Sunday, March 19, 2006

Like father, like son

The small West African state of Togo is one of those countries, like the DR Congo and Syria, known as a monarchical republic. Togo was in the news last year when Gnassingbé II (offically known as Faure Gnassingbé) succeeded his father Gnassingbé I (Gnassingbé Éyadéma) as emperor of the so-called republic. He held sham elections which purported to validate his ascension to the throne but Togo has been forgotten by the international press since.

When he died, Gnassingbé I was Africa's longest serving head of state, having run Togo with an iron fist for 38 years. Apparently, Gnassingbé II has adopted some of his father's more muscular tactics.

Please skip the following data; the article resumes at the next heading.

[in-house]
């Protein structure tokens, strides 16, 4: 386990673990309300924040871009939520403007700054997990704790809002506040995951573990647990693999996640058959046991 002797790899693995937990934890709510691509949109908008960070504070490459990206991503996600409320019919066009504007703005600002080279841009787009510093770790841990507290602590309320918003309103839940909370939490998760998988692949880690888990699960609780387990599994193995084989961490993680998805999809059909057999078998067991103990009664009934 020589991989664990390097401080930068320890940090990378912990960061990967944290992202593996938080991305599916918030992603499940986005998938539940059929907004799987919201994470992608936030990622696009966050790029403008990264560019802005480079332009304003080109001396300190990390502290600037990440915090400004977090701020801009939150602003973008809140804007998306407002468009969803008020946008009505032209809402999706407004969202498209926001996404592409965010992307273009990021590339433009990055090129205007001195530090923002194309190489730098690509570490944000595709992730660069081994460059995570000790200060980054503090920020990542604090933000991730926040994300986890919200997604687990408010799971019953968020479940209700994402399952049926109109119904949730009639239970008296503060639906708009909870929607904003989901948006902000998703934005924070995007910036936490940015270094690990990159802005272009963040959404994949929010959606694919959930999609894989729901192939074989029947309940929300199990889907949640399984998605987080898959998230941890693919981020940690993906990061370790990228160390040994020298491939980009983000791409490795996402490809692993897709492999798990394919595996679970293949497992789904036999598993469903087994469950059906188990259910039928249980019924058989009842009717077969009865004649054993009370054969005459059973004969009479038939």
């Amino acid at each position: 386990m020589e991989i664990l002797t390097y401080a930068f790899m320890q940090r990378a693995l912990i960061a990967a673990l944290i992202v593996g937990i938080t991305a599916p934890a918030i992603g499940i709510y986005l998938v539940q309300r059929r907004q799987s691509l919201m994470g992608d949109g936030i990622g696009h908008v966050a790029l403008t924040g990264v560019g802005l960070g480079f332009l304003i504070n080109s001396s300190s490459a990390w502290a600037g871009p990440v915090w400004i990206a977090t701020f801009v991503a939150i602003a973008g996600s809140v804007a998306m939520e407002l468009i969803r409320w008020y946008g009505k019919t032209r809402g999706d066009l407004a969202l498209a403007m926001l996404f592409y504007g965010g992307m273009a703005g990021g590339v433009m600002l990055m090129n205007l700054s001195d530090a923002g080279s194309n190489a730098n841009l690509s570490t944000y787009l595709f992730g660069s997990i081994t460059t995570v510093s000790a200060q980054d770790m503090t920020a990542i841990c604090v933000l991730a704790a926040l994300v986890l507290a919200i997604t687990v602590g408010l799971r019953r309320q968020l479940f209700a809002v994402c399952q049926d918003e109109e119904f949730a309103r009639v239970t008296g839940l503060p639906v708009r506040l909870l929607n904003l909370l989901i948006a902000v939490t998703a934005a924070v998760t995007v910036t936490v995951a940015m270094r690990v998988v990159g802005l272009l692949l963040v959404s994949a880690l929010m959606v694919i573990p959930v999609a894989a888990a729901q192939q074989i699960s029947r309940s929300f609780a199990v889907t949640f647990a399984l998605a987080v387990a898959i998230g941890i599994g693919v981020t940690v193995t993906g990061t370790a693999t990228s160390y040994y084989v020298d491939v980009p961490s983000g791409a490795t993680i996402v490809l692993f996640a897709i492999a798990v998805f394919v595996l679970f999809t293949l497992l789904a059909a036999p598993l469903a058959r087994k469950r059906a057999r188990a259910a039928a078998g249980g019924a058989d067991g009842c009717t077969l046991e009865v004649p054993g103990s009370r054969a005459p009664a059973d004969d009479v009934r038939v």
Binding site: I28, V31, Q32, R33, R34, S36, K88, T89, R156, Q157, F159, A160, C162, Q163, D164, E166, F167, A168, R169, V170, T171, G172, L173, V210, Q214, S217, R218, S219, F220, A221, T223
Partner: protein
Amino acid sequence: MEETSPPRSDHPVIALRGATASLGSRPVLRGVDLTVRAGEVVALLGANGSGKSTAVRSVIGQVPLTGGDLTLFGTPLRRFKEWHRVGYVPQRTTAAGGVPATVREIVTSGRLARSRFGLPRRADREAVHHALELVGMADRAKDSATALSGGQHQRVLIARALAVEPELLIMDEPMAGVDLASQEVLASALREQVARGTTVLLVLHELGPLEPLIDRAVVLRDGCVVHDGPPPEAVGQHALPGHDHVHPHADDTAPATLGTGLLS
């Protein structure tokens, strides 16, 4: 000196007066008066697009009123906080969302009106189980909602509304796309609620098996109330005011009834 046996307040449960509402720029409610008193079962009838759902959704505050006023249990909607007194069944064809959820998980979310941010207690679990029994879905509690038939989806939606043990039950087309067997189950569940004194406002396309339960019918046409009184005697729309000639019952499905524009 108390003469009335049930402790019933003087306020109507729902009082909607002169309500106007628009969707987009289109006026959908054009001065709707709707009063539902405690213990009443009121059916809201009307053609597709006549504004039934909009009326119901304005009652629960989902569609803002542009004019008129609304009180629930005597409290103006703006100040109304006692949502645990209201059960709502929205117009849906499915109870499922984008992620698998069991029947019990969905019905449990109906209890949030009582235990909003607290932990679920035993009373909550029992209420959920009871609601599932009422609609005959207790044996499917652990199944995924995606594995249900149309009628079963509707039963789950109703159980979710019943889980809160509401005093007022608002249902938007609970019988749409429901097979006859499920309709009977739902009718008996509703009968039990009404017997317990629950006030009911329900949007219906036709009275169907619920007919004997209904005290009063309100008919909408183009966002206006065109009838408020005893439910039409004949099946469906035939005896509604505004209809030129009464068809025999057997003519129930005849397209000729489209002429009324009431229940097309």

Recently, his regime threatened Harry Olympio, one of the country's opposition leaders, for his alleged role in an attack on police headquarters last month. Or perhaps I should say, in an alleged attack on police headquarters.

"The security forces are on the look out for Harry Olympio," Lome State Prosecutor Robert Boubadi Bakai told reporters on Monday, reported the BBC.

Olympio's cousin Gilchrist heads another party and is the most prominent opposition leader.

There is long emnity between the two families. Gnassingbé I is widely believed to have personally murdered Gilchrist's father, Sylvanus Olympio, who was Togo's first president.

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